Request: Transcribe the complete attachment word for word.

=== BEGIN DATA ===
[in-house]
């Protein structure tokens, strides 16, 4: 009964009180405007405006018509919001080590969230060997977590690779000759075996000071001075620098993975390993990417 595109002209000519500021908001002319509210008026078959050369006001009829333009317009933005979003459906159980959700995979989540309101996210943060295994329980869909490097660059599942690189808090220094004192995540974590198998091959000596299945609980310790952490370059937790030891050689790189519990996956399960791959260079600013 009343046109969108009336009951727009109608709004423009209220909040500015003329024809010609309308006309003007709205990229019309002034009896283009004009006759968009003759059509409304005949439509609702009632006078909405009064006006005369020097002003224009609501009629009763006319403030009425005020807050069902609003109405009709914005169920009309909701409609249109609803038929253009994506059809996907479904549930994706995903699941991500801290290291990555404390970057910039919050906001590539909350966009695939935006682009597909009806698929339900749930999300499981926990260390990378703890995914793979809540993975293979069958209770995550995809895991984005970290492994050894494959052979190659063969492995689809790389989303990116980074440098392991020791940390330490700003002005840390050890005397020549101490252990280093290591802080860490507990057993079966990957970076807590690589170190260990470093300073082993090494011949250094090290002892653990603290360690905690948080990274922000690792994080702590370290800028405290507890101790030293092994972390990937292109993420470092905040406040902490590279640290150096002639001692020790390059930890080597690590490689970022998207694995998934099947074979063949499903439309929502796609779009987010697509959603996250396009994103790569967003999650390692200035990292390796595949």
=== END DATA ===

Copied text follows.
[in-house]
């Protein structure tokens, strides 16, 4: 009964009180405007405006018509919001080590969230060997977590690779000759075996000071001075620098993975390993990417 595109002209000519500021908001002319509210008026078959050369006001009829333009317009933005979003459906159980959700995979989540309101996210943060295994329980869909490097660059599942690189808090220094004192995540974590198998091959000596299945609980310790952490370059937790030891050689790189519990996956399960791959260079600013 009343046109969108009336009951727009109608709004423009209220909040500015003329024809010609309308006309003007709205990229019309002034009896283009004009006759968009003759059509409304005949439509609702009632006078909405009064006006005369020097002003224009609501009629009763006319403030009425005020807050069902609003109405009709914005169920009309909701409609249109609803038929253009994506059809996907479904549930994706995903699941991500801290290291990555404390970057910039919050906001590539909350966009695939935006682009597909009806698929339900749930999300499981926990260390990378703890995914793979809540993975293979069958209770995550995809895991984005970290492994050894494959052979190659063969492995689809790389989303990116980074440098392991020791940390330490700003002005840390050890005397020549101490252990280093290591802080860490507990057993079966990957970076807590690589170190260990470093300073082993090494011949250094090290002892653990603290360690905690948080990274922000690792994080702590370290800028405290507890101790030293092994972390990937292109993420470092905040406040902490590279640290150096002639001692020790390059930890080597690590490689970022998207694995998934099947074979063949499903439309929502796609779009987010697509959603996250396009994103790569967003999650390692200035990292390796595949």